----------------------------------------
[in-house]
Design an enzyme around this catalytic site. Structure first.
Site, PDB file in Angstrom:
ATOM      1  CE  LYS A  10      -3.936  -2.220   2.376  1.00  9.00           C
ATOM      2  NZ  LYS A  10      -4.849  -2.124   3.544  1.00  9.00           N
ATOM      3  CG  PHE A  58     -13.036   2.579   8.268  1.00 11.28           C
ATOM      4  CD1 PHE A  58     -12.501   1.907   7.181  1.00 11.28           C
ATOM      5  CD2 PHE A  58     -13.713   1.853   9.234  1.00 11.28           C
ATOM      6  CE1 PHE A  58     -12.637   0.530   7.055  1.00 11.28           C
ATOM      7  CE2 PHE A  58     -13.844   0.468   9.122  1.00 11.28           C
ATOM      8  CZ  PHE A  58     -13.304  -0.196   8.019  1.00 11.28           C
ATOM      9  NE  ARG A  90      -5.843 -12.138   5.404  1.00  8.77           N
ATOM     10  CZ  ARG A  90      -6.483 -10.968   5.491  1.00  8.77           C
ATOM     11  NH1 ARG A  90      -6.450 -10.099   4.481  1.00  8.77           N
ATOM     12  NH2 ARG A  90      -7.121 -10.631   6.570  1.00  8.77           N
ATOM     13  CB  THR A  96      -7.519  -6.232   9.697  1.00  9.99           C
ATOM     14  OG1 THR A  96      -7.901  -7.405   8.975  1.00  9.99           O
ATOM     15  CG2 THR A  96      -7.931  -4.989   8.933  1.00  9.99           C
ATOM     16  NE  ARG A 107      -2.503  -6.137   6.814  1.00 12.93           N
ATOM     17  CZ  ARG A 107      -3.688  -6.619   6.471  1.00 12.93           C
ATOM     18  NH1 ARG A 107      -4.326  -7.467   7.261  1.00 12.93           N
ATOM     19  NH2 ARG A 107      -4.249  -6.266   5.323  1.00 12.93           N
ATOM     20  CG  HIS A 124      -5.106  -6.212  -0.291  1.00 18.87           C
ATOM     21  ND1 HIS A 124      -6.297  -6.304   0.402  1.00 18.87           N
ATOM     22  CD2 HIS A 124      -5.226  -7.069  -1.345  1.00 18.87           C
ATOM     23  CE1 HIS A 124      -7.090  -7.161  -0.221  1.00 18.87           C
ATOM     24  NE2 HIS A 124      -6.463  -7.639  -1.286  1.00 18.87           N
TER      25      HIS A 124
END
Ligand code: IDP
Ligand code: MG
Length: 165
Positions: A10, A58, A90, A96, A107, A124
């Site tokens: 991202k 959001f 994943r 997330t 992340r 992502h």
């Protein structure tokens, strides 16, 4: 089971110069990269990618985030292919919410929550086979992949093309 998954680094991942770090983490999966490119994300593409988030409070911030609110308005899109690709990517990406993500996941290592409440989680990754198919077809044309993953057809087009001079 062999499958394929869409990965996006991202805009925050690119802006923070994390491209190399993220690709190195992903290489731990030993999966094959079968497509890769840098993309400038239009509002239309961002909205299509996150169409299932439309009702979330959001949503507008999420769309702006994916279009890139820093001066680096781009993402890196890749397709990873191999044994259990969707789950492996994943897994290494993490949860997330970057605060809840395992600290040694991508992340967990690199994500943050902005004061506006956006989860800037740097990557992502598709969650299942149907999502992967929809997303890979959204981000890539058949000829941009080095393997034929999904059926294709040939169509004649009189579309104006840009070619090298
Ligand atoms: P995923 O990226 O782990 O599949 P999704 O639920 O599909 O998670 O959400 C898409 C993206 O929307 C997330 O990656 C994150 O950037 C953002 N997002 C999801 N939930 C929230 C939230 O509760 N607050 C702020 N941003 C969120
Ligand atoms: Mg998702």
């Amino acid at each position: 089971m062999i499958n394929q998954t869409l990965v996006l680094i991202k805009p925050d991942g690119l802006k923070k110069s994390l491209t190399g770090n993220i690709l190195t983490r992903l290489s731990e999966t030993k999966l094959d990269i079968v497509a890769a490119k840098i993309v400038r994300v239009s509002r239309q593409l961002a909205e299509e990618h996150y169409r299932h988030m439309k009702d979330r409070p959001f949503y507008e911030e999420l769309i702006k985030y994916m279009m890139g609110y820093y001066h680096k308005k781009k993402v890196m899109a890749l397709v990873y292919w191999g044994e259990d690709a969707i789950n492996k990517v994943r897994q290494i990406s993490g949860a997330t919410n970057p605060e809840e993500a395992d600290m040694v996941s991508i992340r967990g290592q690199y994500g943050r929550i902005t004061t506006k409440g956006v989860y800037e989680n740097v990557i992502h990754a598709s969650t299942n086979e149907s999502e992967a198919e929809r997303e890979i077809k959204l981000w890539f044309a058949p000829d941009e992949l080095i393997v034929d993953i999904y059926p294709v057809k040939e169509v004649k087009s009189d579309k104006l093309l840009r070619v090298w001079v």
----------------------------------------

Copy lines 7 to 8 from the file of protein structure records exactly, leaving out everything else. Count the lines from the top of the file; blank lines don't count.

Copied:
ATOM      4  CD1 PHE A  58     -12.501   1.907   7.181  1.00 11.28           C
ATOM      5  CD2 PHE A  58     -13.713   1.853   9.234  1.00 11.28           C